Some investment guy holed up in Florida claims he can get Facebook, LinkedIn, Groupon and Zynga stock before these companies go public.
All he needs to buy this stuff is your money.
Sound like a deal?
Manhattan's U.S. Attorney Preet Bharara had a 71-year-old Odessa, Fla., man arrested on Tuesday for making this promise as part of a scam. "Craig Berkman seized on the interest in a highly coveted investment opportunity to swindle investors out of millions," Mr. Bharara said in a press release announcing the arrest.
Mr. Berkman was in custody and his attorney didn't return a request for comment. Mr. Berkman also faces parallel civil charges from the Securities and Exchange Commission, which were also announced on Tuesday.
He allegedly told investors he had a fix on these stocks, took their money, and then converted most of it for his own use. Prosecutors estimate the alleged scheme took in about $8 million.
Mr. Berkman was once a venture capitalist in Oregon, creating funds that invested in startup Internet companies such as 800.com, which sold consumer electronics on the Internet. But he's since moved on.
In 2005, he purchased a $3.9 million home near Tampa, Fla., as his investors put together a lawsuit against him alleging fraud. Publicly, his investors complained he was skipping town to live in a state with one of the strongest laws protecting luxury homes from creditors.
During a month-long trial that generated plenty of newspaper articles, Mr. Berkman admitted that he took $5.2 million from investment funds he founded and covered it up for years. The trial resulted in a $28 million judgment against him.
A 2008 editorial in The Oregonian newspaper called him "a liar and a thief." A news article in the same paper raised the obvious question of why he wasn't being criminally prosecuted after he admitted misappropriating funds. It wasn't, after all, his first financial folly. Other news articles over the years had pointed out his previous run-ins with regulators, including a $10,000 fine he paid with Oregon's securities regulator to settle charges he sold unregistered securities--neither admitting nor denying guilt.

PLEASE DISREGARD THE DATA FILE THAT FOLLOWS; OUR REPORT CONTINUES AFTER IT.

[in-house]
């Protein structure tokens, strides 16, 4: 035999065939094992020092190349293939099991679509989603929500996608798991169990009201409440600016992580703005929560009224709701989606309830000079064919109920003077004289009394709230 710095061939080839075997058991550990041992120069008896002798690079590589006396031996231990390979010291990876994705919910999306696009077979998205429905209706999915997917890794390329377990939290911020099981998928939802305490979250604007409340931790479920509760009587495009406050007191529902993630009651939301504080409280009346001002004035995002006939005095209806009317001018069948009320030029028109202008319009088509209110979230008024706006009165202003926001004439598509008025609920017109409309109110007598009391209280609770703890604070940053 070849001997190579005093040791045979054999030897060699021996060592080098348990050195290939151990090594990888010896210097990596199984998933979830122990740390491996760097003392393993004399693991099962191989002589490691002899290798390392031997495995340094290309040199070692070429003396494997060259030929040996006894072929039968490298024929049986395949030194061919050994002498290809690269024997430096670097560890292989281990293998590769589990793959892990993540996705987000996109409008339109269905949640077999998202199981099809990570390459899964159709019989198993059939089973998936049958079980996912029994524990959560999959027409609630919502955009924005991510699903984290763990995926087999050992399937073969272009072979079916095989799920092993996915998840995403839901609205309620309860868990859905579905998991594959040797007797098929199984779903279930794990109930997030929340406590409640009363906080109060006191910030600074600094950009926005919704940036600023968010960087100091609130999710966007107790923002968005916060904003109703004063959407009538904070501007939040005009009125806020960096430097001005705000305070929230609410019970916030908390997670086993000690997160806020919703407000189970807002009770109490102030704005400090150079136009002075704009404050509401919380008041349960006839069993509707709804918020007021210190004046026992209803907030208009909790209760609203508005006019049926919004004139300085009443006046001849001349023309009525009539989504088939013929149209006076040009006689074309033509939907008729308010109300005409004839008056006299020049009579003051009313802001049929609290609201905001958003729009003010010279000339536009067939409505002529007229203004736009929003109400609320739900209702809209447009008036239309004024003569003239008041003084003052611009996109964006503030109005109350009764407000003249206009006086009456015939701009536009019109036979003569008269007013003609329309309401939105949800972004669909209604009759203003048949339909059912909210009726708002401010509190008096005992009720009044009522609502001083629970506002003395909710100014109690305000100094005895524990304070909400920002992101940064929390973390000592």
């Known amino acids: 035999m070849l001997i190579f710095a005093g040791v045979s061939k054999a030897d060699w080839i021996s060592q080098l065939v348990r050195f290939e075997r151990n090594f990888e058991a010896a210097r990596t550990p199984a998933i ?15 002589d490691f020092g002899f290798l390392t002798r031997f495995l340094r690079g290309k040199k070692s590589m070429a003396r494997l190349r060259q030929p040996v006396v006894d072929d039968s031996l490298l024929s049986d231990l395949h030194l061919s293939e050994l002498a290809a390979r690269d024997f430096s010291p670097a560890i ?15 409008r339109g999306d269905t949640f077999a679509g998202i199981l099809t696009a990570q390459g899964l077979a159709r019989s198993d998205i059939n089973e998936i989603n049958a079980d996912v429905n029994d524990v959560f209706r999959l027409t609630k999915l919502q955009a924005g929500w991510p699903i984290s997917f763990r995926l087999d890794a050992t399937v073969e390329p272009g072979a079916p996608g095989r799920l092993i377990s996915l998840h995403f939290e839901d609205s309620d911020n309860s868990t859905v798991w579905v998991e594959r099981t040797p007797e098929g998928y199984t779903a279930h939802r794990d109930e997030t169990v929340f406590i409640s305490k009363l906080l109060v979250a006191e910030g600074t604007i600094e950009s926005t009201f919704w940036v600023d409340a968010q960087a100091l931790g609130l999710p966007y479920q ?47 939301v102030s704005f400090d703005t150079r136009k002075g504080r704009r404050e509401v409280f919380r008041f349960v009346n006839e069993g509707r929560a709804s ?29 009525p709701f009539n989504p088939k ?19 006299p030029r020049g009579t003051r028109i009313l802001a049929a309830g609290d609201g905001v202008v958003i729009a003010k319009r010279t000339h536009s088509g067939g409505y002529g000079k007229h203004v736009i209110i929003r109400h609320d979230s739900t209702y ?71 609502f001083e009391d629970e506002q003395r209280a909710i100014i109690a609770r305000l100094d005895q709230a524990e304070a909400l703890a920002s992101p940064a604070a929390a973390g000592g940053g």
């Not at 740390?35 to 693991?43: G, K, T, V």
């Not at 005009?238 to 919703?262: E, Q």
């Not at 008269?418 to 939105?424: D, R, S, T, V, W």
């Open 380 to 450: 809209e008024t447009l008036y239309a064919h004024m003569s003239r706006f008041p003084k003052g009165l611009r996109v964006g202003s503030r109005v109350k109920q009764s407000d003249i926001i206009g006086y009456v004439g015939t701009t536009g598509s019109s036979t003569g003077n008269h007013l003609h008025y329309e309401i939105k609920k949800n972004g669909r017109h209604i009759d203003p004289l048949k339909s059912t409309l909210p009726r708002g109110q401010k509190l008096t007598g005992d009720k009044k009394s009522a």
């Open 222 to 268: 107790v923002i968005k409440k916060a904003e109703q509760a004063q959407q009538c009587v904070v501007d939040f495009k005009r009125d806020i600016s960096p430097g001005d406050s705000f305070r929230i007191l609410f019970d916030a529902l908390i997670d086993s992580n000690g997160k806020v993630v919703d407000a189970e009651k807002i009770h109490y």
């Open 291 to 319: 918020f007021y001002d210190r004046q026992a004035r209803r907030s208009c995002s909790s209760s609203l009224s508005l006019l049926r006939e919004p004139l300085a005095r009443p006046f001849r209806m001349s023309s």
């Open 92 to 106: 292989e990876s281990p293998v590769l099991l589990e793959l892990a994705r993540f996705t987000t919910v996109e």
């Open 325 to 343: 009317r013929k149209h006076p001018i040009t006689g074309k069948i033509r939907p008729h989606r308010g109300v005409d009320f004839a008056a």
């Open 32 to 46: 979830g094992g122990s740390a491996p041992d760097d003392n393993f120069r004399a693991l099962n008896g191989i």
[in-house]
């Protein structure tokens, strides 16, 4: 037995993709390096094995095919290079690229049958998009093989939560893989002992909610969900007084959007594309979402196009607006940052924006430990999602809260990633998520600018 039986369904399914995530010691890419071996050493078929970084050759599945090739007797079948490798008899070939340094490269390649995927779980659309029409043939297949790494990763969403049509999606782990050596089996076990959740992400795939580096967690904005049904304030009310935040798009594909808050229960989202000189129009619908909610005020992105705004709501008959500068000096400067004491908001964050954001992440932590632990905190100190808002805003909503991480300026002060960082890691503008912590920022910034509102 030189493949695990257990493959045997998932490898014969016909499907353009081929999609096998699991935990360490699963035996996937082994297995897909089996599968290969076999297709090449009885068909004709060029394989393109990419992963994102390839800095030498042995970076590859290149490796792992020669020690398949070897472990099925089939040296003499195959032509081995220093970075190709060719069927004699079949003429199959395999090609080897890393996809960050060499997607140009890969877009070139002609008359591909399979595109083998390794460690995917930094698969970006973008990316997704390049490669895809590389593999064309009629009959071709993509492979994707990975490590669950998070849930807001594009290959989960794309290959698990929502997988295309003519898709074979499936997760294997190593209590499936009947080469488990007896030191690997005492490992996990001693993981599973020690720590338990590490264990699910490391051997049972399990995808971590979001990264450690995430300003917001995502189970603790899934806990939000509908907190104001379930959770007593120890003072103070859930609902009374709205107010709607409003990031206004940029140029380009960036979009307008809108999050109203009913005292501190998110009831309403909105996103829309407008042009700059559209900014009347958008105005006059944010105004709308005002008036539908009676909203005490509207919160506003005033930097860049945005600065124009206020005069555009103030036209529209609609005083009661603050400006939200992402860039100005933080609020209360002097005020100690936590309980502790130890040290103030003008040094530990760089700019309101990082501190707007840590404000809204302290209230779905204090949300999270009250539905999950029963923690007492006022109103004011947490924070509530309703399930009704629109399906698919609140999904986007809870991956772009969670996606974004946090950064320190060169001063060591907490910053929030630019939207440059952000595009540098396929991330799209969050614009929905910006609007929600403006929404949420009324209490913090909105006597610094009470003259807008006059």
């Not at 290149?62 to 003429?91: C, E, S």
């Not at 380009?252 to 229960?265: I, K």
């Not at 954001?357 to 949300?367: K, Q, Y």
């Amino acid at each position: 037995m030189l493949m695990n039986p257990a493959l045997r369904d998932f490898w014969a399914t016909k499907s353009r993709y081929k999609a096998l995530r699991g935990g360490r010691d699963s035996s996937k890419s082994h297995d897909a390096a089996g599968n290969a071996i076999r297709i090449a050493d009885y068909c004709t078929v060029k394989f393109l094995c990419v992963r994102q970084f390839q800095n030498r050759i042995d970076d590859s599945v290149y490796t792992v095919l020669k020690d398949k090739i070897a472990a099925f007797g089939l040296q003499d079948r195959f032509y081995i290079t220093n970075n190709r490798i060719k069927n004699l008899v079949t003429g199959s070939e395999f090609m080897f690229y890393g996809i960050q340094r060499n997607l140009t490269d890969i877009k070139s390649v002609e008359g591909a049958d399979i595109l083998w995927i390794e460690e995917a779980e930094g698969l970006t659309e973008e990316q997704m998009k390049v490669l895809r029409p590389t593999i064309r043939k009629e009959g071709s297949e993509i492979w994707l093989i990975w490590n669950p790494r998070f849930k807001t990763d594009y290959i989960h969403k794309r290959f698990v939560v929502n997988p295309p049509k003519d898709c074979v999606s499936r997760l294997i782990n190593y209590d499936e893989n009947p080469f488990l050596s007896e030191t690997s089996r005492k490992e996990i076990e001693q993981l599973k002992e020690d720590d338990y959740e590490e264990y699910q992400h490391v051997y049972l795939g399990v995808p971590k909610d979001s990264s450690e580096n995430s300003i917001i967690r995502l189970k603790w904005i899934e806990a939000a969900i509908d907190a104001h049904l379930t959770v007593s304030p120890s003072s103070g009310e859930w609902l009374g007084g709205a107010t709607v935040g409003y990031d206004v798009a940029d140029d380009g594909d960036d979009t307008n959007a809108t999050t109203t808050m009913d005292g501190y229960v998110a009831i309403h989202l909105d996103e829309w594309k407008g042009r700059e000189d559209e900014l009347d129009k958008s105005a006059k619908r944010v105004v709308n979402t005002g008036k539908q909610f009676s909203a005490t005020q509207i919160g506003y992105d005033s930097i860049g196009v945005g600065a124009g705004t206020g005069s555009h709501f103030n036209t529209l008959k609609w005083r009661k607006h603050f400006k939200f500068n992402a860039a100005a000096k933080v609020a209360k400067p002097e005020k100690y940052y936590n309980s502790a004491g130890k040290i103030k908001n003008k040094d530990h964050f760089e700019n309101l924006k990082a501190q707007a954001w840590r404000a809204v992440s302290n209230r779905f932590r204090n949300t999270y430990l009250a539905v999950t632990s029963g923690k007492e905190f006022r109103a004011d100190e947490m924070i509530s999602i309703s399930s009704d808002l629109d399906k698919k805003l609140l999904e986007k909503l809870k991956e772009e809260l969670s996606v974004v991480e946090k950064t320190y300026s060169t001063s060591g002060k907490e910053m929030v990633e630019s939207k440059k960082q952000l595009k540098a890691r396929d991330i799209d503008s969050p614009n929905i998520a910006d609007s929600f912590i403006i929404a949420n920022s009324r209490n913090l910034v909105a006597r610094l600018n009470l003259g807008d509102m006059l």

Now facing criminal charges, it seems Mr. Berkman has lost his membership in the neither-admitting-nor-denying-guilt class.
In 1988, he gave $100,000 to George H.W. Bush and Dan Quayle and went on to become one of their top fundraisers. He was chairman of Oregon's Republican Party from 1989-1993 and ran unsuccessfully for chairman of the Republican National Committee in 1996. He also ran unsuccessfully for Oregon governor in 1994 and explored making yet another gubernatorial bid in 2001.
He also raised money for the next President Bush, and even as his investors were suing him for fraud in 2005, he was reportedly still raising money for then-GOP presidential hopeful John McCain.
During his time in politics, he openly accused Oregon's Democratic Party of election law violations and financial misdeeds. "I think you had a systematic effort...over a long period of time to launder money back and forth," Mr. Berkman said of Democrats in a 1989 interview with The Oregonian.
When billionaire Ross Perot announced he would run as an independent candidate against Mr. Berkman's friend George H.W. Bush in 1992, Mr. Berkman grabbed headlines by declaring, "Goofy's back in the race."
He also warned Oregon delegates to the Republican National Convention about a candidate named Bill Clinton. "If this guy is elected, your taxes are going to go up, the deficit will increase, he will be reckless in foreign policy and he might get us into another Vietnam."
While stomping for governor in 1994 he declared, "I don't think they want a wuss in the governor's office." And, "As a businessman, I sink or swim based on a reality. It's called results."
So much for results.
Millions of dollars Mr. Berkman raised with his stories about social networking stocks went to pay defense lawyers and victims who won a previous court-ordered settlement, prosecutors allege.
"Berkman blatantly capitalized on the market fervor...to fleece investors whose cash flow he treated like an ATM to fund his own living expenses and pay court-ordered claims to victims of his past misdeeds," said the SEC's Andrew M. Calamari in a press release.
He's accused of running an alleged scheme to pay for his last alleged scheme. This is how it goes in a regulatory culture where admissions of guilt are rarely demanded.
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